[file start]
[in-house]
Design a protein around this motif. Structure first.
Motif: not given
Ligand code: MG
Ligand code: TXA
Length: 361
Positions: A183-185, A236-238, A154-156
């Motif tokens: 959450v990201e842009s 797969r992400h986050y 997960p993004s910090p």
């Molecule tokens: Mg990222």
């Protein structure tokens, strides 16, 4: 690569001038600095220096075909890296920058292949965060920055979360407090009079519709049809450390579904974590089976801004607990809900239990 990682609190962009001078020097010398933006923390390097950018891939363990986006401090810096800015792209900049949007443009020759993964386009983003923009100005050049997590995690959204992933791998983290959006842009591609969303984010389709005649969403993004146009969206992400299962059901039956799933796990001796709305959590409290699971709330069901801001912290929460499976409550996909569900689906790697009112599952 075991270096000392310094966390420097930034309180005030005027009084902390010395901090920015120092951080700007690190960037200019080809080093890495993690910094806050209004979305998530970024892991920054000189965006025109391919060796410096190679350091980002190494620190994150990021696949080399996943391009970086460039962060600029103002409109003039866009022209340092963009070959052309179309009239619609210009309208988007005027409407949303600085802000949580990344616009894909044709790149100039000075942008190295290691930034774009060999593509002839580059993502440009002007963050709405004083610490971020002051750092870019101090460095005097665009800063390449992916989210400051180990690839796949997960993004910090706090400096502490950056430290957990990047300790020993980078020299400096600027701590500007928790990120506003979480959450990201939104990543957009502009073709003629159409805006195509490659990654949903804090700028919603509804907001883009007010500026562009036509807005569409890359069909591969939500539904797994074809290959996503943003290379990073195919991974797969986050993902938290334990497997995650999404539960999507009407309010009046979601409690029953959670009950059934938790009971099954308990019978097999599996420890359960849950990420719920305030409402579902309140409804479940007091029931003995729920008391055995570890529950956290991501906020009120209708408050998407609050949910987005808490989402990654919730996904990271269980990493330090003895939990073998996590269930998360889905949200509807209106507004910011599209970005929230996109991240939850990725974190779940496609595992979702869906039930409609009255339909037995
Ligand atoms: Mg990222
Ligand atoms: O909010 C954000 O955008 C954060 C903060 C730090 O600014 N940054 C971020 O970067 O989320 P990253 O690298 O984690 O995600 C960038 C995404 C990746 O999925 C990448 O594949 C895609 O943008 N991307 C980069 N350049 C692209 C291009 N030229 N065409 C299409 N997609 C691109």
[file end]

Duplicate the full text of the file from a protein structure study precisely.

[in-house]
Design a protein around this motif. Structure first.
Motif: not given
Ligand code: MG
Ligand code: TXA
Length: 361
Positions: A183-185, A236-238, A154-156
């Motif tokens: 959450v990201e842009s 797969r992400h986050y 997960p993004s910090p």
């Molecule tokens: Mg990222």
């Protein structure tokens, strides 16, 4: 690569001038600095220096075909890296920058292949965060920055979360407090009079519709049809450390579904974590089976801004607990809900239990 990682609190962009001078020097010398933006923390390097950018891939363990986006401090810096800015792209900049949007443009020759993964386009983003923009100005050049997590995690959204992933791998983290959006842009591609969303984010389709005649969403993004146009969206992400299962059901039956799933796990001796709305959590409290699971709330069901801001912290929460499976409550996909569900689906790697009112599952 075991270096000392310094966390420097930034309180005030005027009084902390010395901090920015120092951080700007690190960037200019080809080093890495993690910094806050209004979305998530970024892991920054000189965006025109391919060796410096190679350091980002190494620190994150990021696949080399996943391009970086460039962060600029103002409109003039866009022209340092963009070959052309179309009239619609210009309208988007005027409407949303600085802000949580990344616009894909044709790149100039000075942008190295290691930034774009060999593509002839580059993502440009002007963050709405004083610490971020002051750092870019101090460095005097665009800063390449992916989210400051180990690839796949997960993004910090706090400096502490950056430290957990990047300790020993980078020299400096600027701590500007928790990120506003979480959450990201939104990543957009502009073709003629159409805006195509490659990654949903804090700028919603509804907001883009007010500026562009036509807005569409890359069909591969939500539904797994074809290959996503943003290379990073195919991974797969986050993902938290334990497997995650999404539960999507009407309010009046979601409690029953959670009950059934938790009971099954308990019978097999599996420890359960849950990420719920305030409402579902309140409804479940007091029931003995729920008391055995570890529950956290991501906020009120209708408050998407609050949910987005808490989402990654919730996904990271269980990493330090003895939990073998996590269930998360889905949200509807209106507004910011599209970005929230996109991240939850990725974190779940496609595992979702869906039930409609009255339909037995
Ligand atoms: Mg990222
Ligand atoms: O909010 C954000 O955008 C954060 C903060 C730090 O600014 N940054 C971020 O970067 O989320 P990253 O690298 O984690 O995600 C960038 C995404 C990746 O999925 C990448 O594949 C895609 O943008 N991307 C980069 N350049 C692209 C291009 N030229 N065409 C299409 N997609 C691109």